Archive for July, 2008

Pixar’s Wall E will be a film, in time to come, looked at like Murnau’s Sunrise. A film marking the medium at a definitive peak before transitioning into what it will become next.

In many ways the filmmakers hint at this. The 2001 references are there for those who know them, but more pointedly Pixar is presenting their star baby.  It’s a wonderful, thrilling moment that many didn’t see coming; they’ll marvel as the film grows in stature as the decades pass.  The opening dystopian sequence, and Wall E‘s ride into space, will stay in the memories of those who watch for years.

One can see when Animation’s theme sombers and when the visuals begin to overwhelm the story that they’re wading in treacherous waters for live-action filmmakers. There’s an eerie feeling seeing real footage in Wall E, as if it’s the gimmick now.

There’s a debate that questions whether authentically-realistic animation can or will overtake live-action film in years to come.  Wall-E shows this discussion is worthwhile.  Roger Deakins’ participation in supervising the lensing of the film should definitely raise an eyebrow or both.  (Joel & Ethan?)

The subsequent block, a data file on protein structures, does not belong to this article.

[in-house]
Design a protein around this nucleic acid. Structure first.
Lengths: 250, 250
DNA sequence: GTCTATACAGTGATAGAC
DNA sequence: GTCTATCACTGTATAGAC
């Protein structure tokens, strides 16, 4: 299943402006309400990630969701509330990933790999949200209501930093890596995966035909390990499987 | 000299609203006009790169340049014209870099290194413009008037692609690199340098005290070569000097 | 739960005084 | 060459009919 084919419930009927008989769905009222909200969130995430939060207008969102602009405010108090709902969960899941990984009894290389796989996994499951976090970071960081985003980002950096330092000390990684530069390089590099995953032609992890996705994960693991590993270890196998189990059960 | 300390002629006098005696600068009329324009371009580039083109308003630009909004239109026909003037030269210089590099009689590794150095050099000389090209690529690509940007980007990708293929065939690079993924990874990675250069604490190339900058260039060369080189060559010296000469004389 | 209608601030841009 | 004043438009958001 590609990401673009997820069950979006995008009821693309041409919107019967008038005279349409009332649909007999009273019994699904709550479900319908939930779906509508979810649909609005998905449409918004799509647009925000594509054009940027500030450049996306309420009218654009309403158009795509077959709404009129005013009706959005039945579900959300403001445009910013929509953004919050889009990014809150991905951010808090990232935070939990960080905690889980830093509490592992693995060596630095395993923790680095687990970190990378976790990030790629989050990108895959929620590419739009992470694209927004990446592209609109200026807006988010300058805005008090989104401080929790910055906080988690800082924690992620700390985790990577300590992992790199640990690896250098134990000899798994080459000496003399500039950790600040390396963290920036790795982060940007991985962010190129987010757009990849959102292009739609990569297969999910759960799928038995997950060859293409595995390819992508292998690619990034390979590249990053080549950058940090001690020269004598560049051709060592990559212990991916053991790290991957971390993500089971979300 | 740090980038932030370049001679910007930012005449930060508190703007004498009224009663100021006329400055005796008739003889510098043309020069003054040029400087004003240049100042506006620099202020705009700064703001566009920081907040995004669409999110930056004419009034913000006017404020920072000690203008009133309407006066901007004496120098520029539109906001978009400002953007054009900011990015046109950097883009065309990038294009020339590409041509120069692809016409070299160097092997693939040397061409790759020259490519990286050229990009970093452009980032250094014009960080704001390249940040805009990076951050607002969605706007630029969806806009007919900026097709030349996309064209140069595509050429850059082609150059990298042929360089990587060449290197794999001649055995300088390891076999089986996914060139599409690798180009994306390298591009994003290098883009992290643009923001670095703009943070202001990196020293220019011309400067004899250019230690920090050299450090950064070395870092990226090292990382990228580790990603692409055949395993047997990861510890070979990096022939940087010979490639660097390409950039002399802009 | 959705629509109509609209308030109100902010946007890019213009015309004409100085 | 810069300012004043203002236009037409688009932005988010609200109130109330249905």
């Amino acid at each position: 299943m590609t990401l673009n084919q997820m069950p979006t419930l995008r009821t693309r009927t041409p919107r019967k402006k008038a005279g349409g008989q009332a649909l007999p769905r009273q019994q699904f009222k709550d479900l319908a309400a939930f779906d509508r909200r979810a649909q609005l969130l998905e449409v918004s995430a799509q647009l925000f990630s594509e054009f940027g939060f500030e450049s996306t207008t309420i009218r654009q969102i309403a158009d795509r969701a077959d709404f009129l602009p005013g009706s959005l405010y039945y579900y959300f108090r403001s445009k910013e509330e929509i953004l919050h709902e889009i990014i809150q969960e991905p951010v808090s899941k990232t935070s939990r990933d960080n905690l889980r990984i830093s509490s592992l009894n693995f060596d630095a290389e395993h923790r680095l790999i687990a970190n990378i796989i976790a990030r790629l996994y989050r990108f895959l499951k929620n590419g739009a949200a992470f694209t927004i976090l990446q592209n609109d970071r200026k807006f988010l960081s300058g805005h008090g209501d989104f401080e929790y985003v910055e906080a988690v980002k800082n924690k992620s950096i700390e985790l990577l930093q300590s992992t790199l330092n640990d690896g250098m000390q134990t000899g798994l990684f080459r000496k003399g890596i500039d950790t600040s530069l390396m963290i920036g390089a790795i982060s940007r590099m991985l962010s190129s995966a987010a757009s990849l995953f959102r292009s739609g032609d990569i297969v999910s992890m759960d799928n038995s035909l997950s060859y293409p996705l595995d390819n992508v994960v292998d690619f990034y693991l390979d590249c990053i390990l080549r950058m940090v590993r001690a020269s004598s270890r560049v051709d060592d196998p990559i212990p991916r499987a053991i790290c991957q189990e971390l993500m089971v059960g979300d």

In a sense the filmmakers threw everything in the pot here, like Allen did in Annie Hall. Leaving people to marvel at all the wonderful things bubbling slightly below the surface.  But Pixar, as smart as they are, moves forward while looking backwards. The fact that silent comedies play an integral part of the construction (staging, acting techniques, & gimmicks) is a two-folded comment.  We must remember that Malick while creating his new language in cinema also stopped to watch Chaplin’s The Immigrant in Days of Heaven.  That film also owing much to the poetic language of silent cinema.

If anything Wall-E shows that, at this moment, to make a masterpiece in Hollywood means you must go through Kubrick.  PT Anderson seems to have understood this as well.

I commend Pixar’s achievement and look eagerly for more.


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